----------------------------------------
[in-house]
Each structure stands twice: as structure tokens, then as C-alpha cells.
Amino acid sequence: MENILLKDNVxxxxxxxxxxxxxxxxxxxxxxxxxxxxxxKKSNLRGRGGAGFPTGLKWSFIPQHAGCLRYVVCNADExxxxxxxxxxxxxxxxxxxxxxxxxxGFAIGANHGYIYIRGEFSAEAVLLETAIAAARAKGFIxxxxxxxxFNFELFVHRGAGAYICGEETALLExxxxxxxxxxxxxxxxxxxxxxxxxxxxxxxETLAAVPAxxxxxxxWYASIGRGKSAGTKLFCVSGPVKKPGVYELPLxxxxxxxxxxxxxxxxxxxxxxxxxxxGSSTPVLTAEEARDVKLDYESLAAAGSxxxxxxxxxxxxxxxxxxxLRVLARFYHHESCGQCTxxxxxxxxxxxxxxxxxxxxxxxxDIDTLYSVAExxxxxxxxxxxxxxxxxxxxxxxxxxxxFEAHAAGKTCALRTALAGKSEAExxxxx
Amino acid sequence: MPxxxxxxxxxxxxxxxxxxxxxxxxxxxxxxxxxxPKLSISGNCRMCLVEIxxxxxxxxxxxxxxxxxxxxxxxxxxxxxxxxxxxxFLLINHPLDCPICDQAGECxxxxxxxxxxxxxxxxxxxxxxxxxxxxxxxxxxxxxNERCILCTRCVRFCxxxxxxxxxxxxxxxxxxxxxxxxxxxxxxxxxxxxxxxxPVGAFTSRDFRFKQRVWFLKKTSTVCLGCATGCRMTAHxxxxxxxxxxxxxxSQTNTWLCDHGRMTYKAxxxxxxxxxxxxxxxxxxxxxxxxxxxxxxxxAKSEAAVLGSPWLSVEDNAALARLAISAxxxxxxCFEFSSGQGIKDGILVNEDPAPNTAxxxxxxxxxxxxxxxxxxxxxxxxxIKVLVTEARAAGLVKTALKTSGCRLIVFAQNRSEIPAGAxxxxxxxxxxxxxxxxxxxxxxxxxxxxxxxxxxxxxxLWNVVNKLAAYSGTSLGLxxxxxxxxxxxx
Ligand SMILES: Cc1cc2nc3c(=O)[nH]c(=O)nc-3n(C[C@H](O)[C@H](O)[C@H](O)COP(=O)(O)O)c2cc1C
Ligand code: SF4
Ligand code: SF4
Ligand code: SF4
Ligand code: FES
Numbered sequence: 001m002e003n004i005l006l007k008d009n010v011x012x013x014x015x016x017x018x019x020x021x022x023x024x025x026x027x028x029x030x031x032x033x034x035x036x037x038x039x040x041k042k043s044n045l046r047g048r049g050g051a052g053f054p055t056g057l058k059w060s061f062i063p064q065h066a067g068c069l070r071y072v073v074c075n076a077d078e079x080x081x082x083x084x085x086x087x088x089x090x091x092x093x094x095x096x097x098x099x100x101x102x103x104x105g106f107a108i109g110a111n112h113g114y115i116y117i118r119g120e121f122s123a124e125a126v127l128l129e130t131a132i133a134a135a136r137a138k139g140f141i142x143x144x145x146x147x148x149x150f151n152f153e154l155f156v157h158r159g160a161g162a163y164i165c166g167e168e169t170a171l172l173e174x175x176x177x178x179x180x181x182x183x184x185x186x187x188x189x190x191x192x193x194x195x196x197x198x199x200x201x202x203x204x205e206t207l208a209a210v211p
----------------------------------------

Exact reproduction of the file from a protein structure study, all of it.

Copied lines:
[in-house]
Each structure stands twice: as structure tokens, then as C-alpha cells.
Amino acid sequence: MENILLKDNVxxxxxxxxxxxxxxxxxxxxxxxxxxxxxxKKSNLRGRGGAGFPTGLKWSFIPQHAGCLRYVVCNADExxxxxxxxxxxxxxxxxxxxxxxxxxGFAIGANHGYIYIRGEFSAEAVLLETAIAAARAKGFIxxxxxxxxFNFELFVHRGAGAYICGEETALLExxxxxxxxxxxxxxxxxxxxxxxxxxxxxxxETLAAVPAxxxxxxxWYASIGRGKSAGTKLFCVSGPVKKPGVYELPLxxxxxxxxxxxxxxxxxxxxxxxxxxxGSSTPVLTAEEARDVKLDYESLAAAGSxxxxxxxxxxxxxxxxxxxLRVLARFYHHESCGQCTxxxxxxxxxxxxxxxxxxxxxxxxDIDTLYSVAExxxxxxxxxxxxxxxxxxxxxxxxxxxxFEAHAAGKTCALRTALAGKSEAExxxxx
Amino acid sequence: MPxxxxxxxxxxxxxxxxxxxxxxxxxxxxxxxxxxPKLSISGNCRMCLVEIxxxxxxxxxxxxxxxxxxxxxxxxxxxxxxxxxxxxFLLINHPLDCPICDQAGECxxxxxxxxxxxxxxxxxxxxxxxxxxxxxxxxxxxxxNERCILCTRCVRFCxxxxxxxxxxxxxxxxxxxxxxxxxxxxxxxxxxxxxxxxPVGAFTSRDFRFKQRVWFLKKTSTVCLGCATGCRMTAHxxxxxxxxxxxxxxSQTNTWLCDHGRMTYKAxxxxxxxxxxxxxxxxxxxxxxxxxxxxxxxxAKSEAAVLGSPWLSVEDNAALARLAISAxxxxxxCFEFSSGQGIKDGILVNEDPAPNTAxxxxxxxxxxxxxxxxxxxxxxxxxIKVLVTEARAAGLVKTALKTSGCRLIVFAQNRSEIPAGAxxxxxxxxxxxxxxxxxxxxxxxxxxxxxxxxxxxxxxLWNVVNKLAAYSGTSLGLxxxxxxxxxxxx
Ligand SMILES: Cc1cc2nc3c(=O)[nH]c(=O)nc-3n(C[C@H](O)[C@H](O)[C@H](O)COP(=O)(O)O)c2cc1C
Ligand code: SF4
Ligand code: SF4
Ligand code: SF4
Ligand code: FES
Numbered sequence: 001m002e003n004i005l006l007k008d009n010v011x012x013x014x015x016x017x018x019x020x021x022x023x024x025x026x027x028x029x030x031x032x033x034x035x036x037x038x039x040x041k042k043s044n045l046r047g048r049g050g051a052g053f054p055t056g057l058k059w060s061f062i063p064q065h066a067g068c069l070r071y072v073v074c075n076a077d078e079x080x081x082x083x084x085x086x087x088x089x090x091x092x093x094x095x096x097x098x099x100x101x102x103x104x105g106f107a108i109g110a111n112h113g114y115i116y117i118r119g120e121f122s123a124e125a126v127l128l129e130t131a132i133a134a135a136r137a138k139g140f141i142x143x144x145x146x147x148x149x150f151n152f153e154l155f156v157h158r159g160a161g162a163y164i165c166g167e168e169t170a171l172l173e174x175x176x177x178x179x180x181x182x183x184x185x186x187x188x189x190x191x192x193x194x195x196x197x198x199x200x201x202x203x204x205e206t207l208a209a210v211p